In my previous post, I discussed Why we need to read to our children. Here, I will give some pointers on how to go about it. First, you need to find an appropriate book, both in terms of reading level and emotional readiness. Then you talk to them about the story so that they can find meaning and pleasure in their reading. This will go a long way in enabling them to be lifelong lovers of reading.
By encouraging your child to talk about the story, she will learn to think about what is being read, to process it, and to come to her own conclusions. For my first 4 kids, I didn’t know just how important it was to read to them and it was one of those things I would do when I ‘find the time’ (which as you know, never happens). When #5 was about 3, things were less chaotic and I had time to read to him every morning while the others were at school. I didn’t know there was an art to reading so I just picked up a book and read it straight through. Subsequently, when I learnt about conversational reading, I tried to draw him into a discussion. However, because he was not used to that way of reading, he kept asking me to stop talking and carry on reading. Occasionally I would try it again, but to no avail. I have decided that with Kate, I will start this once she is able to have a conversation with me, which should be about the age of 2 (but in an age-appropriate way, keeping it short and simple).
How to go about it?
- Ask specific questions: Why did the boy look for the toy?
- Ask general questions, to encourage your child to think: What do you think? What do you notice?
- Help your child see beyond the plot, that the story is not just about school, but that it is about friendship, loyalty and kindness.
- Try to connect the story to something personal: Has it ever happened to you? What would you do in this situation? This can help the child to learn and to think through issues in a safe environment. You can also weave in some values, in a very subtle way.
- Rephrase questions if the child does not respond, to make it easier for the child to understand.
- Don’t over-do it. Don’t take the opportunity to launch into morales and turn it into a monologue.
|Before you even open the book, talk about the cover, and predict what the story is about.|
- What do you think this story is about just by looking at the cover?
- Which character do you like/dislike?
- Who is the most important character in the story?
- Which character would you want to be your friend?
- How do the characters change from the beginning of the story to the end?
- Tell me the story in your own words.
- How would the story be different if… ?
- What would you do in this situation?
- Do you like the ending of the story? If not, how would you end the story?
Besides reading together, continue to let your child read on her own as well. Make books accessible in your house. Don’t have them displayed high up on a shelf where it can’t be easily reached. Encourage your child to read a book more than once. The first time the book is read, the child is just grasping the plot. A subsequent reading will offer the opportunity for the child to pick up the subtleties of the story that may be missed on the first reading.
How to choose an appropriate book for the child to read alone?
Use the 5 finger rule. Get the child to read a page of the book. Every time she comes across an unfamiliar word, raise up 1 finger. If she raises more than 5 fingers in a page, that book is too difficult for her. Some of you may ask, what is wrong in letting her read difficult books? Wouldn’t it help her to improve faster? Yes, but when they are working too hard on the mechanics of reading, it becomes difficult for them to enjoy the story. You can read that aloud to her but get her an easier book for her own reading.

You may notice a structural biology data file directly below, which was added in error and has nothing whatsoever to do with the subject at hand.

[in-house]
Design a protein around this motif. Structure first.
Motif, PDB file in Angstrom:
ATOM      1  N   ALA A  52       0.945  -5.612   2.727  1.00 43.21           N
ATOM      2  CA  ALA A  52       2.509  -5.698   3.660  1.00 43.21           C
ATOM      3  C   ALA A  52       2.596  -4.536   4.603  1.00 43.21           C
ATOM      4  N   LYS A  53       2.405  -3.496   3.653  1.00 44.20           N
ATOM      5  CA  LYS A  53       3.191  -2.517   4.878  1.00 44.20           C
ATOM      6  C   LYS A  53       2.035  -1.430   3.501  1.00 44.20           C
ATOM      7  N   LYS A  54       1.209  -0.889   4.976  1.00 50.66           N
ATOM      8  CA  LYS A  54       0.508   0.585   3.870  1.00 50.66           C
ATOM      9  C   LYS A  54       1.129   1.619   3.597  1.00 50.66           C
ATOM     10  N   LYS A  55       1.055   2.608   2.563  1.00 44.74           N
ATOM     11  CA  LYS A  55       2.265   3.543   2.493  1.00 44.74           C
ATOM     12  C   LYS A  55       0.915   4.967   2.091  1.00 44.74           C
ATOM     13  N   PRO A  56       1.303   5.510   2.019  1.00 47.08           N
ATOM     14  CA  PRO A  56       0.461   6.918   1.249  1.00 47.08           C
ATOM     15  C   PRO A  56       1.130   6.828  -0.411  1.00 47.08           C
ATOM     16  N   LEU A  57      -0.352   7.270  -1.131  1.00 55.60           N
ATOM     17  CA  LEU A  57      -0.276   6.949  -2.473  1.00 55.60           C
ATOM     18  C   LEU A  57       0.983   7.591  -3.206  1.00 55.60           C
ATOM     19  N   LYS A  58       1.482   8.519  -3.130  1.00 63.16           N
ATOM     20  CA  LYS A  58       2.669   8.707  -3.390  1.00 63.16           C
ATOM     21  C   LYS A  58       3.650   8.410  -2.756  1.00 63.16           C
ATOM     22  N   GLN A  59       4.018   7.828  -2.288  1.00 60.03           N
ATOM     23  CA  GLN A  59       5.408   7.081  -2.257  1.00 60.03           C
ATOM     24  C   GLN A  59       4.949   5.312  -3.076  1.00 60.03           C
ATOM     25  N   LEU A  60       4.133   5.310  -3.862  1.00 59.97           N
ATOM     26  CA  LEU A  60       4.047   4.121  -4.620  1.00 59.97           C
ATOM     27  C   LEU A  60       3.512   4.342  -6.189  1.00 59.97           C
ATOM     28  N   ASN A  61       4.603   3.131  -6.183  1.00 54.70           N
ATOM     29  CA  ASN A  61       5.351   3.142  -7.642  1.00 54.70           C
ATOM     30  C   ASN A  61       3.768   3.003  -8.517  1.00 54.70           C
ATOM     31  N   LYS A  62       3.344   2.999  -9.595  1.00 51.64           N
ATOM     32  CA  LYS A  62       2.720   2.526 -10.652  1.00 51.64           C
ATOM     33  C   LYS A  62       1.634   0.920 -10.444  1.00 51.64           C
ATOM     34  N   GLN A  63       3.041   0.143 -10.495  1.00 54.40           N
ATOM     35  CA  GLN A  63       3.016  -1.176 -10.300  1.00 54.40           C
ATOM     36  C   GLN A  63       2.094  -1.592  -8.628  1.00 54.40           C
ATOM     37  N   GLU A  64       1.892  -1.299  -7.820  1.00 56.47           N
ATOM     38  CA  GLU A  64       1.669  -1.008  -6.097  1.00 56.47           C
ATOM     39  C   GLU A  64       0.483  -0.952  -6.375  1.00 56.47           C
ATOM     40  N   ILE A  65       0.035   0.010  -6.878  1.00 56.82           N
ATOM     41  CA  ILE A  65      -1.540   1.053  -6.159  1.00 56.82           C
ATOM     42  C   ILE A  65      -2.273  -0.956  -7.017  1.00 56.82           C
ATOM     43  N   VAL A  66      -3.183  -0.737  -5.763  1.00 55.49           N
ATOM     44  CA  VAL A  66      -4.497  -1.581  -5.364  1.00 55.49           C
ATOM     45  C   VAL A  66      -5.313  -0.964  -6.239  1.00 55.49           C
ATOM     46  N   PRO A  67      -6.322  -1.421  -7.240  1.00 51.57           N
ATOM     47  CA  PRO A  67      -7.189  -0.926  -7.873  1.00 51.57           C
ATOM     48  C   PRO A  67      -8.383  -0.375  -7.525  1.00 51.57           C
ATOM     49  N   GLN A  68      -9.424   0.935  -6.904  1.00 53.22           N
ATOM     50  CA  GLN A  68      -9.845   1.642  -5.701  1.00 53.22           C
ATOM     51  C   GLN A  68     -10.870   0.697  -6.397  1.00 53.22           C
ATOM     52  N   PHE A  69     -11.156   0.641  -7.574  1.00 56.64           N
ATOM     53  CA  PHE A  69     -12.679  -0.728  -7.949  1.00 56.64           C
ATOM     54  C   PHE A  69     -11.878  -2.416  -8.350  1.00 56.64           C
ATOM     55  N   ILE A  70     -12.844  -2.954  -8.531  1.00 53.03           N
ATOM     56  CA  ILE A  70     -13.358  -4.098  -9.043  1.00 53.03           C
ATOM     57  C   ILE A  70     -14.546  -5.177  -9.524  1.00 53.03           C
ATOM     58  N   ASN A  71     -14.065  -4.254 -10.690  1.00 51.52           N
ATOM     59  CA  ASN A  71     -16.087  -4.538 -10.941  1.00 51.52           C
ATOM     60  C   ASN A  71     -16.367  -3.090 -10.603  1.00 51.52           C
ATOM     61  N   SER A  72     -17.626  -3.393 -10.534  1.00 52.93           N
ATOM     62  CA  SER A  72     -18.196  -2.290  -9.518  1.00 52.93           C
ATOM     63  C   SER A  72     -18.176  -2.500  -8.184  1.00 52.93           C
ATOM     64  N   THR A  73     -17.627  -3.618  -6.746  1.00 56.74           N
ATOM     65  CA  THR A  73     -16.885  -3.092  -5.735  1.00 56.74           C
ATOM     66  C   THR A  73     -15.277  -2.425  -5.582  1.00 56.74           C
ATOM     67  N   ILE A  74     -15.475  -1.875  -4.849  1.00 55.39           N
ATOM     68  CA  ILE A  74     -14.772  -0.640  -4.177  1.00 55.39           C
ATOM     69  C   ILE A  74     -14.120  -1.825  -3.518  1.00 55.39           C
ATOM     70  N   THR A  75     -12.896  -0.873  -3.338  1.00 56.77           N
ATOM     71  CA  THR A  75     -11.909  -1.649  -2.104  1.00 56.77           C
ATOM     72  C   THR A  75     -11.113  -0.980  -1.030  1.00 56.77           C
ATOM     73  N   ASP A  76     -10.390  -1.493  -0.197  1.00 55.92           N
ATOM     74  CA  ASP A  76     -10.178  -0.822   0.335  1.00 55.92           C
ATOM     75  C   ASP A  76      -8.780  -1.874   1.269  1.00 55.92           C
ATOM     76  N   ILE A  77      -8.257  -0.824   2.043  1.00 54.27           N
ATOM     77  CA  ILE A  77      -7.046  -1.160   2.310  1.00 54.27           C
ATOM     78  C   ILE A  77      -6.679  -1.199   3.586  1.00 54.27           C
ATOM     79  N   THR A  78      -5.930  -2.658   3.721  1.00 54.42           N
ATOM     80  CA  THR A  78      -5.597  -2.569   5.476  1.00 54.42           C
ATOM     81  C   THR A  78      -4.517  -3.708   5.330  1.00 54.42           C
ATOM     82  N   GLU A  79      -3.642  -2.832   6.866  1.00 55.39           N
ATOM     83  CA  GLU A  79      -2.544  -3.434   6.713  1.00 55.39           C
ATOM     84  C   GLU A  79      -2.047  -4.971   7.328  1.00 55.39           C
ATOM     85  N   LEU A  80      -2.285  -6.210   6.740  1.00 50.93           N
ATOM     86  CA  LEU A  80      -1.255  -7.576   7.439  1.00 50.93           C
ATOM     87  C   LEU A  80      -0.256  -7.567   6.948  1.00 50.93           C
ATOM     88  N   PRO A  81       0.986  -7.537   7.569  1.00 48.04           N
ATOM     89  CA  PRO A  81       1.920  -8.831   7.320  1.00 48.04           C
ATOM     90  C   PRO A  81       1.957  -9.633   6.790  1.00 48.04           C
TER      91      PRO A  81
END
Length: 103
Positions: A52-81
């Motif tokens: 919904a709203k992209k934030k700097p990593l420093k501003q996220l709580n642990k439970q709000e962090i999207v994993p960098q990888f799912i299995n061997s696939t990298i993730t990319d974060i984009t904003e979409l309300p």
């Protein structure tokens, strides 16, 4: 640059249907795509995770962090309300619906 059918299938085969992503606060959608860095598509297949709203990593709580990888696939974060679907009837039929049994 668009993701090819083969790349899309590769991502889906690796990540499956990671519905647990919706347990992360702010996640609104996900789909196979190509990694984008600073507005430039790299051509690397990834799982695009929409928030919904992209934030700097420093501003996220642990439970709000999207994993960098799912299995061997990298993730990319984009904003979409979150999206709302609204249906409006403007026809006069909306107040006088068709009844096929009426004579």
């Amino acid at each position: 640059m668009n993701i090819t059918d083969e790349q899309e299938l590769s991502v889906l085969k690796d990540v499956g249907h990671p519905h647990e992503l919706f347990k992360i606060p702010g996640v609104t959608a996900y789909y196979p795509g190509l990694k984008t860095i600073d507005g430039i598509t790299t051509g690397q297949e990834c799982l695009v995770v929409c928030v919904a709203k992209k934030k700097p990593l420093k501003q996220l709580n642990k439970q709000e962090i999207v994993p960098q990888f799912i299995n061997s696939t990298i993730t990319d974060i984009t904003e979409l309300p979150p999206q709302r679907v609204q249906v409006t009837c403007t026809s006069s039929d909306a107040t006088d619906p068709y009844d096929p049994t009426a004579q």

|Not all books are good books. Do be wary of language and content.|
Also be mindful of content and emotional readiness. I used to give free reign to my girls to choose their own books. After all, reading is good so the more they read the better, right? However, when I flipped through their books, especially the pink and glittery ones that my girls used to love, I realised that sometimes the subject matter is too advanced for them. For example, this girlish looking book might attract a 7 or 8 year old. However just by quickly flipping through the pages, I realised that the language is rather flippant, and it was all about boy-girl-relationships, crushes and flirting. The values raised in some other books for children may also not sit well with your own, such as letting divorce come across as normal or even cool, or that being the most popular girl in school at any expense is the right thing to do. Just when I started to wonder where to find good books, a friend recommended me an online site where a homeschooling mom ran a bookshop with good books. However, she has since shut it down as she had more kids and became too busy (which I can totally understand!).
|This book was written 85 years ago! I love letting my kids read such books.|
Sane tip: You don’t have to do this every single time you read to your child. It is better to leave this for the weekends when you are all more relaxed than to rush through this just for the sake of checking it off mentally in your head.
Save tip: These techniques will go a long way in helping your child in her PSLE English oral next time, saving you money on tuition! There is also an increasing push towards speaking and communication vis-a-vis the written paper, so it is good to encourage your child to speak up more. It will also help in the comprehension component, whereby questions are asked on ‘Why do you think…?’ as your child is used to thinking about what she is reading.